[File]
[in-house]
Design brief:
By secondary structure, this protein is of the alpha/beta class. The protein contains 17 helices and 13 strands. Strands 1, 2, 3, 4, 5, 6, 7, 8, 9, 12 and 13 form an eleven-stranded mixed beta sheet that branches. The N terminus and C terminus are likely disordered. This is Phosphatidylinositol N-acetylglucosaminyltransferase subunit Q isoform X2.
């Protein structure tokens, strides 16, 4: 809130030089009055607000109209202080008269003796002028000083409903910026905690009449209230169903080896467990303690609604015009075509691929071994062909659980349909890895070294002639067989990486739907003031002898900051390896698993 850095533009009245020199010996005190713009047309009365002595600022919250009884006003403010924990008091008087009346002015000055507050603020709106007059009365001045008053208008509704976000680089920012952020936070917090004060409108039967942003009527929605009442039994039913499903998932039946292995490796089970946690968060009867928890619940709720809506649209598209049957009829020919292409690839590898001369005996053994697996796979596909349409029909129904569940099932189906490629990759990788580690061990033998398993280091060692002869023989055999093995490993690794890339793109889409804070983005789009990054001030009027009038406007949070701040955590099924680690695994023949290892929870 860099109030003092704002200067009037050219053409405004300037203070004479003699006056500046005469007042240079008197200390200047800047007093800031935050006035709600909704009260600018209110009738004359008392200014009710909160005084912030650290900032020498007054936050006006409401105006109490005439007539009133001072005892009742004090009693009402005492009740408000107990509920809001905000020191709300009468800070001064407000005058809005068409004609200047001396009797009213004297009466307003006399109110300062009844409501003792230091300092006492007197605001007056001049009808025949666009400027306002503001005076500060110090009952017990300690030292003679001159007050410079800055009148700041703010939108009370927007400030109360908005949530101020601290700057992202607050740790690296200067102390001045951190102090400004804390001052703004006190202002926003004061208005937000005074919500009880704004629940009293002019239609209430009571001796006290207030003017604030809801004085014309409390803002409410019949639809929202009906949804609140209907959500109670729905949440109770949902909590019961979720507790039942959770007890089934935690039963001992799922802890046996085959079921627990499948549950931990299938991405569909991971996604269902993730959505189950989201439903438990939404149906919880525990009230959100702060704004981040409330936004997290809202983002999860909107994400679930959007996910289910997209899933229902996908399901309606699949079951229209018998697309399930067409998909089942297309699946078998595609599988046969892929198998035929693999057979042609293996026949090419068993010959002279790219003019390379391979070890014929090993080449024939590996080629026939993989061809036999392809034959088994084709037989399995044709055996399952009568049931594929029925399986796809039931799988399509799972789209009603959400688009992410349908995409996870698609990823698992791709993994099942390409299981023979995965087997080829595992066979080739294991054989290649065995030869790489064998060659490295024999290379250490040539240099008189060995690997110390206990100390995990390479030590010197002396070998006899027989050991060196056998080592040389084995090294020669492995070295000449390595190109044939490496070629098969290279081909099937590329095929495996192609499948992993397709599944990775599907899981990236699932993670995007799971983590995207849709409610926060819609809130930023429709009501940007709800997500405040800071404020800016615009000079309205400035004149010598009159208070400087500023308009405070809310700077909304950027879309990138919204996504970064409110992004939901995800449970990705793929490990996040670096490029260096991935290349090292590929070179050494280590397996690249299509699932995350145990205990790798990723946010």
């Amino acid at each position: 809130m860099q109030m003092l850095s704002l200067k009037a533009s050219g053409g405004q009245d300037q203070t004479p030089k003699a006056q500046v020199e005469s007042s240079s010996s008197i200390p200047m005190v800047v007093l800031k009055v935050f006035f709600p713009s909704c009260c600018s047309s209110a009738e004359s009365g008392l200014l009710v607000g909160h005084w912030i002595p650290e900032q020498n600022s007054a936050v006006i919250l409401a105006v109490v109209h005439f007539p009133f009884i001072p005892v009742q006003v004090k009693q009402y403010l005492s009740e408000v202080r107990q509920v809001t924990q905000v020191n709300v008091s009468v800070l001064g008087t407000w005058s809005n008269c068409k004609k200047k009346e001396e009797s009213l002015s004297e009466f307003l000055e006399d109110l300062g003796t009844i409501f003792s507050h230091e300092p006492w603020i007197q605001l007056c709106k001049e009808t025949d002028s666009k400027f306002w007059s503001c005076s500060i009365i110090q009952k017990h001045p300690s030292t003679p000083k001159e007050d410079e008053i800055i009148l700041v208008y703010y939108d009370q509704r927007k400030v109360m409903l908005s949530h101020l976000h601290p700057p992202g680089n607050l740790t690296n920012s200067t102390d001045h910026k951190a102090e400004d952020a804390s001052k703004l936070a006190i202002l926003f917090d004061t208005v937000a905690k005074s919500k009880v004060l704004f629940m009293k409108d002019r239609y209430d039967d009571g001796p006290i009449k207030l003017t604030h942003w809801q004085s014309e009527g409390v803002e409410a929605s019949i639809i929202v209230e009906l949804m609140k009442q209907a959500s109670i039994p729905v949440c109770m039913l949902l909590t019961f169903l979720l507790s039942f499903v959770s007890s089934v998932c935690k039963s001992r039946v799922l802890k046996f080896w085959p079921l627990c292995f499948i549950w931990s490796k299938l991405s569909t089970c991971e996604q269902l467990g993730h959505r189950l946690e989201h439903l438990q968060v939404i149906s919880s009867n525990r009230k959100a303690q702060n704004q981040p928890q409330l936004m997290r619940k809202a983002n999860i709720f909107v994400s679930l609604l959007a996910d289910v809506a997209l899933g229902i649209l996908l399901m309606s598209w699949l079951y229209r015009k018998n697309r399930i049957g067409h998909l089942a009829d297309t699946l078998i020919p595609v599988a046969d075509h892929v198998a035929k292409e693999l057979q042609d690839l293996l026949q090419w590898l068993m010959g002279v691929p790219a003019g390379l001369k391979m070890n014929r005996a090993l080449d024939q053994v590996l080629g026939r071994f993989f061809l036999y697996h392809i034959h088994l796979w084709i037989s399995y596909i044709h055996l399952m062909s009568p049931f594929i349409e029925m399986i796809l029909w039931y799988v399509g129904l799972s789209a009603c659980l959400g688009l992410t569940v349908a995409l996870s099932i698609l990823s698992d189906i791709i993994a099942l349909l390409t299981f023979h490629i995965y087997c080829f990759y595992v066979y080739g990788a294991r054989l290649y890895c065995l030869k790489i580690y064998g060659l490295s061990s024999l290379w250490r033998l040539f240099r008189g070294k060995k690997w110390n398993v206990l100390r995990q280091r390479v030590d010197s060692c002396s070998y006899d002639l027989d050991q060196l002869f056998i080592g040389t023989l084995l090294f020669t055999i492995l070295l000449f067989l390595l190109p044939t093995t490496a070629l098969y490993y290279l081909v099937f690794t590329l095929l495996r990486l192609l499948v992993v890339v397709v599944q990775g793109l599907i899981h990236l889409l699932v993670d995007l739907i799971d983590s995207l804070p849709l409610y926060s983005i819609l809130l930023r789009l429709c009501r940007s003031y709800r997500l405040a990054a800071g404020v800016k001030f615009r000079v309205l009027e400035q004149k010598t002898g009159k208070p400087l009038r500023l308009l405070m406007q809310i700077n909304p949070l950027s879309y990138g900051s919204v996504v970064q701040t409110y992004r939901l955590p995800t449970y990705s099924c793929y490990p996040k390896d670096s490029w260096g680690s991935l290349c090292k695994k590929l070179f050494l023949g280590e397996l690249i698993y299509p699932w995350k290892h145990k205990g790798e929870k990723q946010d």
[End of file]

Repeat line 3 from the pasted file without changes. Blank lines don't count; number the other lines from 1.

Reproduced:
By secondary structure, this protein is of the alpha/beta class. The protein contains 17 helices and 13 strands. Strands 1, 2, 3, 4, 5, 6, 7, 8, 9, 12 and 13 form an eleven-stranded mixed beta sheet that branches. The N terminus and C terminus are likely disordered. This is Phosphatidylinositol N-acetylglucosaminyltransferase subunit Q isoform X2.